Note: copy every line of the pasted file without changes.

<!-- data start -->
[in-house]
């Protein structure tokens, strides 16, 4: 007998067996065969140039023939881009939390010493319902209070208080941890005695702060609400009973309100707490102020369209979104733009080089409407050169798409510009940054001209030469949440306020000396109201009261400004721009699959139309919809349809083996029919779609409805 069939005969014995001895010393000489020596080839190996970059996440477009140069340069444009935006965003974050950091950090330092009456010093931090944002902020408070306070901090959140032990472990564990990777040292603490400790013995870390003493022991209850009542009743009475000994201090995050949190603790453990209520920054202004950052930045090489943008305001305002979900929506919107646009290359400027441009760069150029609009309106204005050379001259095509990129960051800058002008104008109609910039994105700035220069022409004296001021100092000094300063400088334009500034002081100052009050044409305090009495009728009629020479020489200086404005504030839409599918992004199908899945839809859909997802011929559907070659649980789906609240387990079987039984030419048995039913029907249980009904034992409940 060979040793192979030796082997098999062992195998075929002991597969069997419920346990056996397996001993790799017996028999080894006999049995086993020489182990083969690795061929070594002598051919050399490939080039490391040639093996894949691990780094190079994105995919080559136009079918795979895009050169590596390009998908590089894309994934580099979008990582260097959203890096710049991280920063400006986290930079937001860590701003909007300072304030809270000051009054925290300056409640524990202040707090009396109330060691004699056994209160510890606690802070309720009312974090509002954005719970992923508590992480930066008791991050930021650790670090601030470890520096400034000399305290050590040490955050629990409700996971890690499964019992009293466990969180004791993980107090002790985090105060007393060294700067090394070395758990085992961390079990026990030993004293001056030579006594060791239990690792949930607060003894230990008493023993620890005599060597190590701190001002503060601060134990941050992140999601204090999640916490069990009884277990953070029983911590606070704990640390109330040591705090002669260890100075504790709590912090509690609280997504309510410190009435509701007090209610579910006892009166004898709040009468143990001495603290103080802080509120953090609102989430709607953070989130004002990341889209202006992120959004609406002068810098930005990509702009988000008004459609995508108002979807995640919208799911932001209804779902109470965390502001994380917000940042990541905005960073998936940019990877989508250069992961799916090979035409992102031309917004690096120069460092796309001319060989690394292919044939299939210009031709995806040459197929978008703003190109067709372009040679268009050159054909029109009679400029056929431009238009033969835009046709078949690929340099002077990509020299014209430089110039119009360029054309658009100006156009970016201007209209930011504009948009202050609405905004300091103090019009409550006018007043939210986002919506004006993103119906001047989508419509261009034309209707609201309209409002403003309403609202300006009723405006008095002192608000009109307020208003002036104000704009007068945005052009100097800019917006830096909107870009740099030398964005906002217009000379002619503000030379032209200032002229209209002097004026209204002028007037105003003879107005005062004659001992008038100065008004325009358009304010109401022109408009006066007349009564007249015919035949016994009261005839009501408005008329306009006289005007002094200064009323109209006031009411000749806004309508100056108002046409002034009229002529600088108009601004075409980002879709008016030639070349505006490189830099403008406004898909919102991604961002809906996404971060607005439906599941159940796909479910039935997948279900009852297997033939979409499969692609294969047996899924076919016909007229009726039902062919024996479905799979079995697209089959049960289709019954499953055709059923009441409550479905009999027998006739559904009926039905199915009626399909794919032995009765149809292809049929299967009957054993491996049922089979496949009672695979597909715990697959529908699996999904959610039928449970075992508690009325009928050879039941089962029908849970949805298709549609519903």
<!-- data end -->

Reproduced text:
[in-house]
């Protein structure tokens, strides 16, 4: 007998067996065969140039023939881009939390010493319902209070208080941890005695702060609400009973309100707490102020369209979104733009080089409407050169798409510009940054001209030469949440306020000396109201009261400004721009699959139309919809349809083996029919779609409805 069939005969014995001895010393000489020596080839190996970059996440477009140069340069444009935006965003974050950091950090330092009456010093931090944002902020408070306070901090959140032990472990564990990777040292603490400790013995870390003493022991209850009542009743009475000994201090995050949190603790453990209520920054202004950052930045090489943008305001305002979900929506919107646009290359400027441009760069150029609009309106204005050379001259095509990129960051800058002008104008109609910039994105700035220069022409004296001021100092000094300063400088334009500034002081100052009050044409305090009495009728009629020479020489200086404005504030839409599918992004199908899945839809859909997802011929559907070659649980789906609240387990079987039984030419048995039913029907249980009904034992409940 060979040793192979030796082997098999062992195998075929002991597969069997419920346990056996397996001993790799017996028999080894006999049995086993020489182990083969690795061929070594002598051919050399490939080039490391040639093996894949691990780094190079994105995919080559136009079918795979895009050169590596390009998908590089894309994934580099979008990582260097959203890096710049991280920063400006986290930079937001860590701003909007300072304030809270000051009054925290300056409640524990202040707090009396109330060691004699056994209160510890606690802070309720009312974090509002954005719970992923508590992480930066008791991050930021650790670090601030470890520096400034000399305290050590040490955050629990409700996971890690499964019992009293466990969180004791993980107090002790985090105060007393060294700067090394070395758990085992961390079990026990030993004293001056030579006594060791239990690792949930607060003894230990008493023993620890005599060597190590701190001002503060601060134990941050992140999601204090999640916490069990009884277990953070029983911590606070704990640390109330040591705090002669260890100075504790709590912090509690609280997504309510410190009435509701007090209610579910006892009166004898709040009468143990001495603290103080802080509120953090609102989430709607953070989130004002990341889209202006992120959004609406002068810098930005990509702009988000008004459609995508108002979807995640919208799911932001209804779902109470965390502001994380917000940042990541905005960073998936940019990877989508250069992961799916090979035409992102031309917004690096120069460092796309001319060989690394292919044939299939210009031709995806040459197929978008703003190109067709372009040679268009050159054909029109009679400029056929431009238009033969835009046709078949690929340099002077990509020299014209430089110039119009360029054309658009100006156009970016201007209209930011504009948009202050609405905004300091103090019009409550006018007043939210986002919506004006993103119906001047989508419509261009034309209707609201309209409002403003309403609202300006009723405006008095002192608000009109307020208003002036104000704009007068945005052009100097800019917006830096909107870009740099030398964005906002217009000379002619503000030379032209200032002229209209002097004026209204002028007037105003003879107005005062004659001992008038100065008004325009358009304010109401022109408009006066007349009564007249015919035949016994009261005839009501408005008329306009006289005007002094200064009323109209006031009411000749806004309508100056108002046409002034009229002529600088108009601004075409980002879709008016030639070349505006490189830099403008406004898909919102991604961002809906996404971060607005439906599941159940796909479910039935997948279900009852297997033939979409499969692609294969047996899924076919016909007229009726039902062919024996479905799979079995697209089959049960289709019954499953055709059923009441409550479905009999027998006739559904009926039905199915009626399909794919032995009765149809292809049929299967009957054993491996049922089979496949009672695979597909715990697959529908699996999904959610039928449970075992508690009325009928050879039941089962029908849970949805298709549609519903």